Wednesday, August 25, 2010

Stockholm Sweet Holm – Day 5

What a day it has been.  I’ve ventured all over Stockholm exploring, well, mainly museum after museum.  They call themselves “the city of museums” and I really can’t disagree.  You can’t go 50 meters in this city without running into one. 

I started out early, and found the one museum that opens earlier than all the rest, probably because it’s one of the most popular, the Vasa Museum.  Built to house the nearly-completely salvaged remains of a 17th century built ship, that was too top-heavy and sunk on its very first voyage not to be raised for 300 years. 

The Vasa

Everyone says this is the “must see” museum of all of Stockholm, and I’d have to agree it is quite impressive, as confirmed by the literally dozen tour buses parked out front and swarms of people coming in to view it, led by their tour guides with their silly little stick “follow me” signs. 

Moving on, I went next door to the Nordiska Museet, that really is a museum of Swedish cultural history.  Many displays showed Swedish life through the past several centuries, and how people live and work and do whatever it is that they do.  Interesting, yet I’d have to admit I didn’t spend a whole lot of time reading the displays, probably because they were mostly in Swedish.  :)  Though the architecture of these giant old buildings is pretty cool, and the central hall of the Nordic Museum was worth taking a picture of:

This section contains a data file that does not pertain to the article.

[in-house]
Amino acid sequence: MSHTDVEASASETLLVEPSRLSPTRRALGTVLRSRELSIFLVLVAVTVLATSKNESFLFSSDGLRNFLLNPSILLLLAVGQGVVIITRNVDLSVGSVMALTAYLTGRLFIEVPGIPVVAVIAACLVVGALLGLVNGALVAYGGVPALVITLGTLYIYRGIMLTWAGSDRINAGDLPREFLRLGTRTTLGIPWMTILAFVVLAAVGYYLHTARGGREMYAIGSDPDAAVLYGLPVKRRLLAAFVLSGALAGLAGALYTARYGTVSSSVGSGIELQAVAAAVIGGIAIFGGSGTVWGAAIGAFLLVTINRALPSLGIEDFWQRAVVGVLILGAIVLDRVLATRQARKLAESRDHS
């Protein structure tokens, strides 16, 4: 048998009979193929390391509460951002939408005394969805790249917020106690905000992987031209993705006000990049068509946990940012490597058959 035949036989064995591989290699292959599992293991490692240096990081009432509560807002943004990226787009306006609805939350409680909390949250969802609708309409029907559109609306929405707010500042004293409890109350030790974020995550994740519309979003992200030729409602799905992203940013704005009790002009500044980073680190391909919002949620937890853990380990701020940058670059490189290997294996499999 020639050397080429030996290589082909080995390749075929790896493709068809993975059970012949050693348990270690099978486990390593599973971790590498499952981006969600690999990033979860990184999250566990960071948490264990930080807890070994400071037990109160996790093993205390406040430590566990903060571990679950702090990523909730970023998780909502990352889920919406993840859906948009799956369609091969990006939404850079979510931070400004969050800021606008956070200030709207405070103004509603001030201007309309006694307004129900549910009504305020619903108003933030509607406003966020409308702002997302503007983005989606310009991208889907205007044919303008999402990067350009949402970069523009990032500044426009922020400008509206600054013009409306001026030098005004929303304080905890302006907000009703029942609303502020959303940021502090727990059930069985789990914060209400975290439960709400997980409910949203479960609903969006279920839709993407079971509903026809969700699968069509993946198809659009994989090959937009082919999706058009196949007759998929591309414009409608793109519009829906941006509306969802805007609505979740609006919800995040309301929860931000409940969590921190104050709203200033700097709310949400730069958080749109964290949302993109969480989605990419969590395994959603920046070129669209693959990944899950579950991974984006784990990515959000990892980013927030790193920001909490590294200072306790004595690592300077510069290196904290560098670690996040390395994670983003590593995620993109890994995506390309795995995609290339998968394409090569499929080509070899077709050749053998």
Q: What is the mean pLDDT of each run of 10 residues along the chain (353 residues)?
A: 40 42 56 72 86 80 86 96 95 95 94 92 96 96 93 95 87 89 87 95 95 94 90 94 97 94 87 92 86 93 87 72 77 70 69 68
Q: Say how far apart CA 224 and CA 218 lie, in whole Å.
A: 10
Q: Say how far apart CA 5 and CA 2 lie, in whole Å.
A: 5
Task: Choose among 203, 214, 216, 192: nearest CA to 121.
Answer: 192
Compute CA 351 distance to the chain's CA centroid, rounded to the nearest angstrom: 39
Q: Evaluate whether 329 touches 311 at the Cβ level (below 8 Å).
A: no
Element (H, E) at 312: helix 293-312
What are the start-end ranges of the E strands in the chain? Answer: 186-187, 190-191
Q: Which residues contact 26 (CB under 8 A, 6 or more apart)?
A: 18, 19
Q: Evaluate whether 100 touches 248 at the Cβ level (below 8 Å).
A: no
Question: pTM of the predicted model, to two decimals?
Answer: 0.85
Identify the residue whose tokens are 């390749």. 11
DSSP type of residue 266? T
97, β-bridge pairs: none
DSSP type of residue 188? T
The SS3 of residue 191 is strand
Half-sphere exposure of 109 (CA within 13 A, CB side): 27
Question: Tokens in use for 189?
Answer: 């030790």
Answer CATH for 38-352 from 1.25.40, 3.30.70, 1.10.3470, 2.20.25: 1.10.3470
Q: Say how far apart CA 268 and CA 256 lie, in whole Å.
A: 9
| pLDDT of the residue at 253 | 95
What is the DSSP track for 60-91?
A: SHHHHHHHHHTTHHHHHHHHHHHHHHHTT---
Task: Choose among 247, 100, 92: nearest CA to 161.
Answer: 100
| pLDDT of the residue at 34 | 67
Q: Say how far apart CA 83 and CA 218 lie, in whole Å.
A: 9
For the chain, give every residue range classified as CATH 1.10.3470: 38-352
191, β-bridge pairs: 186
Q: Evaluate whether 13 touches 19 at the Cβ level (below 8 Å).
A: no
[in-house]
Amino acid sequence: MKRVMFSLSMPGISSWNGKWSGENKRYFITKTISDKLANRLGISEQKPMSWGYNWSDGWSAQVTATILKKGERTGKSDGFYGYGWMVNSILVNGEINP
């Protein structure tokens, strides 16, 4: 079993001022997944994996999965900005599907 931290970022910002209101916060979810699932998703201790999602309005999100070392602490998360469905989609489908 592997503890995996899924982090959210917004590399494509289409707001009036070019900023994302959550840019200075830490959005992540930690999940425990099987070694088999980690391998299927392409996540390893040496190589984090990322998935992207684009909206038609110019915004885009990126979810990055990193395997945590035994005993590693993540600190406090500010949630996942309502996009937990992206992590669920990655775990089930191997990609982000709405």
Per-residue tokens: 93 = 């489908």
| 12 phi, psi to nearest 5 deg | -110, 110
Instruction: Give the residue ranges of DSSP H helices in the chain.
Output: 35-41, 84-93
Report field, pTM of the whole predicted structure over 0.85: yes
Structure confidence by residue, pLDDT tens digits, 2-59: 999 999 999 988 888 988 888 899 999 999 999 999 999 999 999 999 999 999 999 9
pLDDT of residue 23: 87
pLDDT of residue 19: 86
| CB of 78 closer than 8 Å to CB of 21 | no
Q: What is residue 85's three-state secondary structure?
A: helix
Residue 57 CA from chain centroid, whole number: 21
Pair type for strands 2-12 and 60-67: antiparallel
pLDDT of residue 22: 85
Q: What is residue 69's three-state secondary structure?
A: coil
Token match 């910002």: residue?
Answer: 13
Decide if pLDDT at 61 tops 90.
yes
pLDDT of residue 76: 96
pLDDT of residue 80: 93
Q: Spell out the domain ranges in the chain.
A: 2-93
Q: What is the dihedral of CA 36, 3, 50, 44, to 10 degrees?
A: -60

The inner hall of the Nordiska Museet

It was at this point in the day that it started raining, something that it would continue to do throughout the rest of the day.  Having dressed as I did in Copenhagen and realized that wasn’t going to suffice for the colder, wetter climate of Stockholm, I took a detour back to the hotel to reequip myself.  Pulled out the raincoat, put on the goretex shoes, but still left the shorts on… I am a Seattlite after all. 

I hopped the T-Bane down to Gamla Stan, the Old Town of Stockholm.  Just stepping off the subway you realize you’re in a very different part of town from the main downtown core in Norrmalm. 

Olde town

Narrow little streets, mainly pedestrian traffic everywhere… I finally found the “charm” in Stockholm, I just had to know where to look!  This is what you would expect when you think of a European city.  After wandering a bit through the streets, I came to the Royal Palace, home of the King.  I happened upon the changing of the guard, which honestly seemed rather disorganized and non-ceremonial, but I’ll chalk that up to my own vantage point. 

Guard people